I. Money. Expenses. Passports. Custom House. Time.
Money. In Great Britain alone among the more important states
of Europe the currency is arranged without much reference to the
decimal system. The English Oold coins are the sovereign or
pound (I. = libra, livre) equal to 20 shillings, and the half-sover¬
eign. The Silver coins are the crown (5 shillings), the half-crown,
the double florin (4 shillings; seldom seen), the florin (2 shillings),
the shilling («. = solidus), and the sixpenny and threepenny pieces.
The Bronze coinage consists of the penny (d., Lat.* denarius), of
which 12 make a shilling, the halfpenny, and the farthing (i/id.~).
The Guinea, a sum of 21s., though still used in popular reckon¬
ing, is no longer in circulation as a coin. A sovereign is approxi¬
mately equal to 5 American dollars, 25 francs, 20 German marks,
or 24 Austrian crowns (gold). The Bank of England issues notes
for 5, 10, 20, 50, and 100 pounds, and upwards. These are useful
in paying large sums ; but for ordinary use, as change is not always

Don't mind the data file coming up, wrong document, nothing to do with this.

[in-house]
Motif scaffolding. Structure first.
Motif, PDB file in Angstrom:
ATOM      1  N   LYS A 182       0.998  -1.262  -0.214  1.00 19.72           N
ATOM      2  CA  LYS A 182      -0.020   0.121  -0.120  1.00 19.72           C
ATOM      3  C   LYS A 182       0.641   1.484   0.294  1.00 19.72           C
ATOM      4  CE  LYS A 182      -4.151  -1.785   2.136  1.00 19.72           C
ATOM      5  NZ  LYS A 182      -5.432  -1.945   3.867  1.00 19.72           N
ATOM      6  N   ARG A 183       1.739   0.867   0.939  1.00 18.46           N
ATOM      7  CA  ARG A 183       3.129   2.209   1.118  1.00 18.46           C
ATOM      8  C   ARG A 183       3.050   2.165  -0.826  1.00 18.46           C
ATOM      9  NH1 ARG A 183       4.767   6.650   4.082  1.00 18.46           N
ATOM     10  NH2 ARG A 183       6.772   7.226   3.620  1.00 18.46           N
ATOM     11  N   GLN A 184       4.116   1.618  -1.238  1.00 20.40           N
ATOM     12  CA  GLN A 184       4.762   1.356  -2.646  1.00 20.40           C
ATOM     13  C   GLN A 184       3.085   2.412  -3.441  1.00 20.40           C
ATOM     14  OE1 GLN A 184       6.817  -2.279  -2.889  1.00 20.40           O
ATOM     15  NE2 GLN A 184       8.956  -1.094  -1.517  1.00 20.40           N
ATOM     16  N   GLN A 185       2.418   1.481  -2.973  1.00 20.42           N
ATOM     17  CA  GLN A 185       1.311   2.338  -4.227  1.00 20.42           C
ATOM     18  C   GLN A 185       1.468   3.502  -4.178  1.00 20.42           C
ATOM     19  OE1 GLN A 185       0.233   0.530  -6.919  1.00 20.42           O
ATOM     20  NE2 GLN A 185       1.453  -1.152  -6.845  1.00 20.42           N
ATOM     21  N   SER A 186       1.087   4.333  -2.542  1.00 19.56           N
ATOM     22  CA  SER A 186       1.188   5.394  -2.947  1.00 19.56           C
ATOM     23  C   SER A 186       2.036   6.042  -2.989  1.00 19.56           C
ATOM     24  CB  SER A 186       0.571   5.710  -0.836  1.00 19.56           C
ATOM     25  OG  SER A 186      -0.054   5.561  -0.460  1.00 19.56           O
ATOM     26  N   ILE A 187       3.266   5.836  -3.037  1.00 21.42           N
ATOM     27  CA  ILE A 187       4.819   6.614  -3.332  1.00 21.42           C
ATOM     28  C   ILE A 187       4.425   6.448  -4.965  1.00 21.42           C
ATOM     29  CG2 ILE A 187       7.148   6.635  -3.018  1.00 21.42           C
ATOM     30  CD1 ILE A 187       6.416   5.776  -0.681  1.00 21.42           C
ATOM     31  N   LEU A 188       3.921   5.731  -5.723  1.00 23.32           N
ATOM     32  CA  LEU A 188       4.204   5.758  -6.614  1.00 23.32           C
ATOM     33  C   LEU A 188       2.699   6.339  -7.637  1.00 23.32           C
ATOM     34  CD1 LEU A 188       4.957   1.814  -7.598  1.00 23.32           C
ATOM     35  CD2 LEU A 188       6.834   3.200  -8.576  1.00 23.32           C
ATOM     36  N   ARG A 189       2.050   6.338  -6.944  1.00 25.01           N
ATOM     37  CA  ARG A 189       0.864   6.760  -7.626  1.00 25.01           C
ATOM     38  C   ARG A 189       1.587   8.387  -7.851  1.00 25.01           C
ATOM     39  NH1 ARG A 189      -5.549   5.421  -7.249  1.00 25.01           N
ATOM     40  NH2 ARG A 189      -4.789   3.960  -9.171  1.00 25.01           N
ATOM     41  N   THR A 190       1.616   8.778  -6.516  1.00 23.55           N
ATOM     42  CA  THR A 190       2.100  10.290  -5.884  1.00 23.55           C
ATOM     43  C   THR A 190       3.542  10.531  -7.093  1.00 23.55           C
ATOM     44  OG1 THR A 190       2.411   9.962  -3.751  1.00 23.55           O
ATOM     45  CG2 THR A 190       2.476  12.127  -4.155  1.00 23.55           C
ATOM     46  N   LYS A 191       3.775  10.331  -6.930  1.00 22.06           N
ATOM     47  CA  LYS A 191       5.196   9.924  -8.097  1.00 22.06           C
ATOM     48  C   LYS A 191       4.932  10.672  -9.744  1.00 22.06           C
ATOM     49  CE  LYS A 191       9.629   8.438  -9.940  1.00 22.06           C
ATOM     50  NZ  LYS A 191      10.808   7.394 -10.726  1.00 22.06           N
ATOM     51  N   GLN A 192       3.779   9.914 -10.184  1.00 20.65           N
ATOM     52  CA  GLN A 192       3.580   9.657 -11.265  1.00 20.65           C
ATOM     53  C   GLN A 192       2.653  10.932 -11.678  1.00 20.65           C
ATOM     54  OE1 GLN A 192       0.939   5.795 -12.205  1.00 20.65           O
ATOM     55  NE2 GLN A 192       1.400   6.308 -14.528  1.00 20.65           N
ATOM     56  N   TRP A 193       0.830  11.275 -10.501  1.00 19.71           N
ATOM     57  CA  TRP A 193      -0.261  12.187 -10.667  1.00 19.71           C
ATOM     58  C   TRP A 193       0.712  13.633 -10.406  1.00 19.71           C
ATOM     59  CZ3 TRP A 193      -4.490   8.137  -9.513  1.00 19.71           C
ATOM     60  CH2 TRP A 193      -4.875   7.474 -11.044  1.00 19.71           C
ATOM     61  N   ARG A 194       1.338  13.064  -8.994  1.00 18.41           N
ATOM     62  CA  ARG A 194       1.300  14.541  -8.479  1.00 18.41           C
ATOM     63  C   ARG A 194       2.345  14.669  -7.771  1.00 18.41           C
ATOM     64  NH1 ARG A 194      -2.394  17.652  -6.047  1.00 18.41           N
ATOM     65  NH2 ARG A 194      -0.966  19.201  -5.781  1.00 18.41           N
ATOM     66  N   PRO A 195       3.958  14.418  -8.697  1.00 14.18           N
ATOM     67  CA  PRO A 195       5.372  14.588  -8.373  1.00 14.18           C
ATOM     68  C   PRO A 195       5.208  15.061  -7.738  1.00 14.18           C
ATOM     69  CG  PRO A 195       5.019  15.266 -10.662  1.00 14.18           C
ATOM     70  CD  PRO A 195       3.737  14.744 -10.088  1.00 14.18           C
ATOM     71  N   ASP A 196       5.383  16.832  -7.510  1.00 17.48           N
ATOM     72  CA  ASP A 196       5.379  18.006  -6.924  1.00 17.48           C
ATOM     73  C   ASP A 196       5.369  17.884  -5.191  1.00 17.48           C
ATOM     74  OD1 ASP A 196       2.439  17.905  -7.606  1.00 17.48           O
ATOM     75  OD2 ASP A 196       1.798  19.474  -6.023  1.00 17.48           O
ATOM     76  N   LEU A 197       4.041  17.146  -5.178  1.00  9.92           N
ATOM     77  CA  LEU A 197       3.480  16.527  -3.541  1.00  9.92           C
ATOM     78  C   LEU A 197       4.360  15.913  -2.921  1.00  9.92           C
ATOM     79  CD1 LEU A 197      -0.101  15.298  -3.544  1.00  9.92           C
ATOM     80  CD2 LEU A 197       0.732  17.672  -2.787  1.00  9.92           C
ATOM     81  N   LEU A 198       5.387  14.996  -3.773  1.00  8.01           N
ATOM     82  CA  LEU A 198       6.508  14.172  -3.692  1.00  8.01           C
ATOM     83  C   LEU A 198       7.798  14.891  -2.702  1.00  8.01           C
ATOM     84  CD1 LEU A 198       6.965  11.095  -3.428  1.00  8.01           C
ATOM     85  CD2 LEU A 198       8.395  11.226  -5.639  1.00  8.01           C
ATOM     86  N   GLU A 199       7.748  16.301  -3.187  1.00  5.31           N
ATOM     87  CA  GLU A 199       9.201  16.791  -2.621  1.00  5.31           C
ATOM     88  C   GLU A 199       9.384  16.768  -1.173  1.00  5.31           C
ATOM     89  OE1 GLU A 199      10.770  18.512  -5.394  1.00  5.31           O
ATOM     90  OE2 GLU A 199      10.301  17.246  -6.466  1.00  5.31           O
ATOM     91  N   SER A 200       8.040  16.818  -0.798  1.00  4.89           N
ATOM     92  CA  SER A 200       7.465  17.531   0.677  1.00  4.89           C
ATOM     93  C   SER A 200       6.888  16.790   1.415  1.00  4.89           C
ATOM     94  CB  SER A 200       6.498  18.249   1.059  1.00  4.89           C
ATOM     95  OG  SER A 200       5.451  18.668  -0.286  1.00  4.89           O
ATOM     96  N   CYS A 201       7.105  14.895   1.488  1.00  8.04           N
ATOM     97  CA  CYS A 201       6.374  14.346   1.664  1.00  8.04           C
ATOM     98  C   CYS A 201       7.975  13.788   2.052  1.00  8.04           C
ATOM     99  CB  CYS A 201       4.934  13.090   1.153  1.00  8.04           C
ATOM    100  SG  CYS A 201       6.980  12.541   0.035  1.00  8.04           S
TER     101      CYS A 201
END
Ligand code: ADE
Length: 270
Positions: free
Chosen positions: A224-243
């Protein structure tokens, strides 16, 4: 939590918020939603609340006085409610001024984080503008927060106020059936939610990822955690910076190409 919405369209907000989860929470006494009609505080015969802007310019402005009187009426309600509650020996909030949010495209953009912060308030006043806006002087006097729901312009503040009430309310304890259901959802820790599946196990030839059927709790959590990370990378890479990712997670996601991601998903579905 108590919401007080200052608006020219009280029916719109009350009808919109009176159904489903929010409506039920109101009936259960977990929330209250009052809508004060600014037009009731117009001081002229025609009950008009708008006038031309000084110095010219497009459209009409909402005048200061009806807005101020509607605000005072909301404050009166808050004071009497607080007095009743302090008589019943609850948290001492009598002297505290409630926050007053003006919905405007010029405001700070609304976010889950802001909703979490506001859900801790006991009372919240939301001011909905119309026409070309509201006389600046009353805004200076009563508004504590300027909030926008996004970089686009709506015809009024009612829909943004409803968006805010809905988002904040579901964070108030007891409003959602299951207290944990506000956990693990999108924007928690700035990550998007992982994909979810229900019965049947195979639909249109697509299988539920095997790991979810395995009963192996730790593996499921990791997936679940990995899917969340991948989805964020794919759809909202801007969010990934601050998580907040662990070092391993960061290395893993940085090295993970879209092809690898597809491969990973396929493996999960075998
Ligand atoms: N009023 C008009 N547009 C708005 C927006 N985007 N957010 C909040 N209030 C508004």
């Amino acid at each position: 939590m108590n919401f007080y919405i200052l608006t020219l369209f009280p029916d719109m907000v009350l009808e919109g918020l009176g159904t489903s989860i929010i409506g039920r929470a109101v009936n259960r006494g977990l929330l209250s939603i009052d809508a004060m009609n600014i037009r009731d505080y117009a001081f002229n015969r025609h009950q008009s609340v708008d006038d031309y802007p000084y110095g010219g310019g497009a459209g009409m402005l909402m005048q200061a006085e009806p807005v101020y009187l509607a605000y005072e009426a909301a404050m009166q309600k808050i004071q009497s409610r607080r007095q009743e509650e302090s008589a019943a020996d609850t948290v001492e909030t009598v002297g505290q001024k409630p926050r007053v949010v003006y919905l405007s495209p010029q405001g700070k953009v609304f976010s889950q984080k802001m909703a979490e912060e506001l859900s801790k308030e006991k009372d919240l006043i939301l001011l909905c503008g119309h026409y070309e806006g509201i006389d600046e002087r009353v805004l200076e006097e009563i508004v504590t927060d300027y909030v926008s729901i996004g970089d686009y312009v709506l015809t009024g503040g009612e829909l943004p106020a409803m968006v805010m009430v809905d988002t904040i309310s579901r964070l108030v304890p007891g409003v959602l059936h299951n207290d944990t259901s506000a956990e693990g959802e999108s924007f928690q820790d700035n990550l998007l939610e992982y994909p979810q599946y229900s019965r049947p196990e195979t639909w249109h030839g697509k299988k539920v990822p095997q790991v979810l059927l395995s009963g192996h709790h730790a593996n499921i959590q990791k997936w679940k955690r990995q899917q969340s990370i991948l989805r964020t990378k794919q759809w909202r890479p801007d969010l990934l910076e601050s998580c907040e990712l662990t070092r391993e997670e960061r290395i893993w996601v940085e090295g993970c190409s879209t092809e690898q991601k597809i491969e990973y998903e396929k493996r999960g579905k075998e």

readily procured, gold is preferable. The number of each note should
be taken down in a pocket-book, as there is, in this case, a bare
possibility that it may be traced and recovered, if lost or stolen.
The notes of certain provincial banks circulate locally; in Scotland
the place of the sovereign is very generally taken by the one-pound
notes of several privileged banks, which circulate freely through¬
out that country only. Foreign Money does not circulate in Eng¬
land, and it should always be exchanged on arrival. A convenient
and safe mode of carrying money from America or the Continent is
in the shape of letters of credit, or circular notes, which are readily
procurable at the principal banks. A larger sum than will suffice for
the day's expenses should never be carried on the person, and gold
and silver coins of a similar size (e.g. sovereigns and shillings)
should not be kept in the same pocket.
Expenses. The cost of a visit to Great Britain depends of course
on the habits and tastes of the traveller. If he frequent, first-class
hotels, travel first-class on the railways, and systematically prefer
driving to walking, he must be prepared to spend 30-40s. a day or
upwards. Persons of moderate requirements, however, will have
little difficulty, with the aid of the information in the Handbook,
in travelling comfortably with a daily expenditure of 20-25s., while
the pedestrian or cyclist of moderate requirements may reduce his
expenses to 10-15s. per diem, or even less in some of the remoter
Baedeker's Great Britain. 6th Edit. b